A brief review of: Reimers, Eva (1999)    Death and Identity: Graves and Funerals as Cultural Communication. Mortality 4(2): 147–166.

By looking at a multicultural cemetery in Sweden, Reimers looks at the connection between immigration and the preservation of culture. Reimers believes that the actions of the living towards the dead say much more about their lives in the community than they do about the treatment of death in the community. Reimers also looks at the relation of threatened cultural values and their role in preparing the dead in immigrant communities rather than the most cherished cultural values, as other researchers have suggested. Reimers also witnessed funerals in this cemetery, and noted differences in how each person’s cultural identity was represented. For some, elements of their funeral conformed to the culture of the country that they immigrated to, while also preserving elements of their birth culture’s funerals. For each person buried in the cemetery Reimers studied, their cultural identities were visible through their grave markers, and each was unique and varied in how much of their culture and how much of their host culture they felt a connection with.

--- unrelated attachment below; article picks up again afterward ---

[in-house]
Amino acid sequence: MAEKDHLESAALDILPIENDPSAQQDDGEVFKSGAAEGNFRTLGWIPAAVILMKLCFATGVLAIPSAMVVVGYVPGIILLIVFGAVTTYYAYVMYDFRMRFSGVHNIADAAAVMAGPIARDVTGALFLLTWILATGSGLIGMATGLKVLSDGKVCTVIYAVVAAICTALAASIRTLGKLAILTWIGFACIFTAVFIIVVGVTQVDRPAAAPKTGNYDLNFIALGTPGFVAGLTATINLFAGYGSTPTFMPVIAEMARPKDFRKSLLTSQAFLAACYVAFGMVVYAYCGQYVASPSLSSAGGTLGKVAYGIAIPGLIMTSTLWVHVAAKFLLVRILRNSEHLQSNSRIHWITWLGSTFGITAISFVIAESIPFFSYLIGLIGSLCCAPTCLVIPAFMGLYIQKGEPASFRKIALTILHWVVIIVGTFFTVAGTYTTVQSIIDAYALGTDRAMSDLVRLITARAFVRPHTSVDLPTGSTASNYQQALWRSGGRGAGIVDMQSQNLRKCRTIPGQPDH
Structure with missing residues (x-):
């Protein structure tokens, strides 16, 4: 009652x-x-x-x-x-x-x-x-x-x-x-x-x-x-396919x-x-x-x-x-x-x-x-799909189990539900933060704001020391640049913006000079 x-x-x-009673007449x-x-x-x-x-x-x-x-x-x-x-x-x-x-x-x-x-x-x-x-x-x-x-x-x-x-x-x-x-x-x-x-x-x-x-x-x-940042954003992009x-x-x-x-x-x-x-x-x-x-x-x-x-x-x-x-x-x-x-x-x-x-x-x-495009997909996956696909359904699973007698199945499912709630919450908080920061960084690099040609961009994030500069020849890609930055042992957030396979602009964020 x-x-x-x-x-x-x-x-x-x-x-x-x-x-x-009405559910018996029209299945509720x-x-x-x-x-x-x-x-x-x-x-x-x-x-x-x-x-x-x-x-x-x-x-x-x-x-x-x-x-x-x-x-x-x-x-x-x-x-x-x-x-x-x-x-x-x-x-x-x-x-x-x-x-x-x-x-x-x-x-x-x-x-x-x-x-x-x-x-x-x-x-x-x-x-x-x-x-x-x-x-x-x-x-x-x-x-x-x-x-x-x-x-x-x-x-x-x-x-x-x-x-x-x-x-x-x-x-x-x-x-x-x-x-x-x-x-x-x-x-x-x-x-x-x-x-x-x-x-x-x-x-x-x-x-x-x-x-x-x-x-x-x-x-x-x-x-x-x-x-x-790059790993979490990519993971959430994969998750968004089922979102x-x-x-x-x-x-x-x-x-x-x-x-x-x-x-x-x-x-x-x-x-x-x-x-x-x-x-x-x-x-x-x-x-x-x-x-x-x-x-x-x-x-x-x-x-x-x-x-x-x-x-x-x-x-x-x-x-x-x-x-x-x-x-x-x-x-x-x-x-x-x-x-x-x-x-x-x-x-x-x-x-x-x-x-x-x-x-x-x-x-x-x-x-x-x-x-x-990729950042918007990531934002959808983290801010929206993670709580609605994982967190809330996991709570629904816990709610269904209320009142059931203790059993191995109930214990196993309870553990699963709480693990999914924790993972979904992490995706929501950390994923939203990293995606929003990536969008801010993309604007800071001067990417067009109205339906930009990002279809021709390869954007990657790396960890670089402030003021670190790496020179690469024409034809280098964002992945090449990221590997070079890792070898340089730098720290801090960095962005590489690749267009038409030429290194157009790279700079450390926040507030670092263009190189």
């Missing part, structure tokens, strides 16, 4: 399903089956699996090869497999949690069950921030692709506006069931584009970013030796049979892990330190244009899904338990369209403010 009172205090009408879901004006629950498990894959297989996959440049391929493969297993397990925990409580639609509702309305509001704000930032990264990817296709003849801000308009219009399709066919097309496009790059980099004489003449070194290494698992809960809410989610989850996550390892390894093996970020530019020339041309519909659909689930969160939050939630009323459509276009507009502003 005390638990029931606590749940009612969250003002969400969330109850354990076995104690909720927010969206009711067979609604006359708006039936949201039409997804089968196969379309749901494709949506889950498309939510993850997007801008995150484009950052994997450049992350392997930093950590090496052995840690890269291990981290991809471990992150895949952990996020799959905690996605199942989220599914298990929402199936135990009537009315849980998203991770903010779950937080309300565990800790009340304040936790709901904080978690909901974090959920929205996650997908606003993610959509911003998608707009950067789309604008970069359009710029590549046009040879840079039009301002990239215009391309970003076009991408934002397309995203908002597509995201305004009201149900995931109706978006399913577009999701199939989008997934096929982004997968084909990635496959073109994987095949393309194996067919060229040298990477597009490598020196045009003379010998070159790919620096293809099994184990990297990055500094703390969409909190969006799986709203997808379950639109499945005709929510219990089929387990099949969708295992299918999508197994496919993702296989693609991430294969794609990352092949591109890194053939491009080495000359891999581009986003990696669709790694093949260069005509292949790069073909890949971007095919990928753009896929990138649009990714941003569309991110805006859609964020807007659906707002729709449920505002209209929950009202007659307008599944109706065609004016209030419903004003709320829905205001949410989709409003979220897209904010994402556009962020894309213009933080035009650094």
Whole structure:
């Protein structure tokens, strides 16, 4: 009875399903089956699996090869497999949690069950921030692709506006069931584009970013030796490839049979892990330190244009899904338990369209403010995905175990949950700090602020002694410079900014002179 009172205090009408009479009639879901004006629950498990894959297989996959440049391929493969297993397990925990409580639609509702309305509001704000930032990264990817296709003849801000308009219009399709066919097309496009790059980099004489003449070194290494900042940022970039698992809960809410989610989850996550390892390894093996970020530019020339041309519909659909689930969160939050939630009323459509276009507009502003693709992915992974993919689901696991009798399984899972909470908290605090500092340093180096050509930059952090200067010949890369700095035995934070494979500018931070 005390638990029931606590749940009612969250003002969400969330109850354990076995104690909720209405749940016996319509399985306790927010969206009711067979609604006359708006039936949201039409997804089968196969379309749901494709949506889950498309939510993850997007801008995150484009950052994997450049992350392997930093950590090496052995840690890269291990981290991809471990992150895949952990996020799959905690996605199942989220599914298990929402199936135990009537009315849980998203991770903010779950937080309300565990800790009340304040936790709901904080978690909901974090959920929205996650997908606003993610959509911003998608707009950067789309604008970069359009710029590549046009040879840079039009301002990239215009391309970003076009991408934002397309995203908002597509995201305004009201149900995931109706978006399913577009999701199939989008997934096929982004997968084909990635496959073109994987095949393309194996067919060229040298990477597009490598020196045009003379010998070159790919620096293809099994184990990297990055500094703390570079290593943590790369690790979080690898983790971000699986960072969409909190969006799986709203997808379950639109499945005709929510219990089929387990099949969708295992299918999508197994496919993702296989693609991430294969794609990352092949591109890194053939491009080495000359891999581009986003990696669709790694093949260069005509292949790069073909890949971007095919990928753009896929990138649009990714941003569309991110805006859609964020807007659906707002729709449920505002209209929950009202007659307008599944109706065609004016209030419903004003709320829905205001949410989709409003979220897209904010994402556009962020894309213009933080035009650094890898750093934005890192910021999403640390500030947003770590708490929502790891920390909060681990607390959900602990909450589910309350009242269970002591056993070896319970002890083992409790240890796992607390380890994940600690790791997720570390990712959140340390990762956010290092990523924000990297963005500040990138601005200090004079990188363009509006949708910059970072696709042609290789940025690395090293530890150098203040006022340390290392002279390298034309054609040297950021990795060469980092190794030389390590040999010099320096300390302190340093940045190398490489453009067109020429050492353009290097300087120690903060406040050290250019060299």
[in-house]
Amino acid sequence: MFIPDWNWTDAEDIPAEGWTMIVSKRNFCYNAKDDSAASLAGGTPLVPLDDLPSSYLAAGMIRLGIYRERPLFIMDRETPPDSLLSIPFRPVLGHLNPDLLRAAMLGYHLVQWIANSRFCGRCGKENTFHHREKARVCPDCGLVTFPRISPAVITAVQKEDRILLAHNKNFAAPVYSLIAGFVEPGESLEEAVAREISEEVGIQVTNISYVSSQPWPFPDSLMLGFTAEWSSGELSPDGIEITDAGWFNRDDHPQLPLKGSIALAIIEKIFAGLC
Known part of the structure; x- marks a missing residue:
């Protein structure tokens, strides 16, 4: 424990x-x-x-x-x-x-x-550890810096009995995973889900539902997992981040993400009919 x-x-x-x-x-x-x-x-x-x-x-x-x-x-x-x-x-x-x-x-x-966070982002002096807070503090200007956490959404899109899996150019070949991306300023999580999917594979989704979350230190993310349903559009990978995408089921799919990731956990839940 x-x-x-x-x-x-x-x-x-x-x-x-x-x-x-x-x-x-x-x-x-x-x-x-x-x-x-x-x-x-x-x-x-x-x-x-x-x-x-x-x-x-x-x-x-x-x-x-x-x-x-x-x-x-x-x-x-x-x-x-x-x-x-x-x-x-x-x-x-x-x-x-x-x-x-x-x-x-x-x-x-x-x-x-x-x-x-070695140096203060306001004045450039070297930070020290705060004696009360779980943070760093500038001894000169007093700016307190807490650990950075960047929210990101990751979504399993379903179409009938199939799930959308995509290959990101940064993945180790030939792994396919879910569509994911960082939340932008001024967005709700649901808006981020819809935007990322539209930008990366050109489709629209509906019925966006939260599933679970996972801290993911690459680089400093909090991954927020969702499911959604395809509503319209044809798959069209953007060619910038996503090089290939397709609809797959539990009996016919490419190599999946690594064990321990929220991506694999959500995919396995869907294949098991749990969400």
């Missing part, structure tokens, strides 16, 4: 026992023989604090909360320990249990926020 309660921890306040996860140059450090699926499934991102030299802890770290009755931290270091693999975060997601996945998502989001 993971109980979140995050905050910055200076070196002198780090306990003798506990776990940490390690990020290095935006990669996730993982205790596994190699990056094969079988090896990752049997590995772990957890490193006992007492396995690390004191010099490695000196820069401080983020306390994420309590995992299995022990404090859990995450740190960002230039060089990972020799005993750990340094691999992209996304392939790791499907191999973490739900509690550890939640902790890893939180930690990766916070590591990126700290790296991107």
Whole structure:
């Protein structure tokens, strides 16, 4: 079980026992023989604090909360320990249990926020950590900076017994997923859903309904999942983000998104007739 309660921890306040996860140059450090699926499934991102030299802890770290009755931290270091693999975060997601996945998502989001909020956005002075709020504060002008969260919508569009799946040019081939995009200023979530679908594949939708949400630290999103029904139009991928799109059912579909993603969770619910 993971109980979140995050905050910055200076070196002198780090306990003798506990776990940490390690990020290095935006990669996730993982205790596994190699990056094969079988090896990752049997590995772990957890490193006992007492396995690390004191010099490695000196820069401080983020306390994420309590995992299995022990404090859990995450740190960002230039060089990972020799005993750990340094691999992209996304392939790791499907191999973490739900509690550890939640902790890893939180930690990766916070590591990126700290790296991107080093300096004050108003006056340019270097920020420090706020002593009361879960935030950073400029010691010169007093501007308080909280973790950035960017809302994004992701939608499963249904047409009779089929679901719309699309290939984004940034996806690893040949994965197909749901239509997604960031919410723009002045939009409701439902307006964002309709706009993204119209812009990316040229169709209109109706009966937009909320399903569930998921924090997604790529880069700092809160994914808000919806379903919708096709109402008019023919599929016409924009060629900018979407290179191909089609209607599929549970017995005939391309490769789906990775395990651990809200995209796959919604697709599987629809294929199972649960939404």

This article is very useful for our work in the cemetery of congregation Emanu-el. Many of the people that now reside in the cemetery are immigrants to Canada and display a multitude of elements from a very complex cultural identity. Between their adopted home of Canada, their previous home, and their faith, the people of the cemetery are each unique in how they identified their culture. This article approaches this subject and these variables from a Swedish perspective, though the principles remain the same.


Kvibergs kyrkogård: The cemetery used as the basis for Reimers' work. http://www.panoramio.com/photo/9114920

Kvibergs kyrkogård: The cemetery used as the basis for Reimers’ work. http://www.panoramio.com/photo/9114920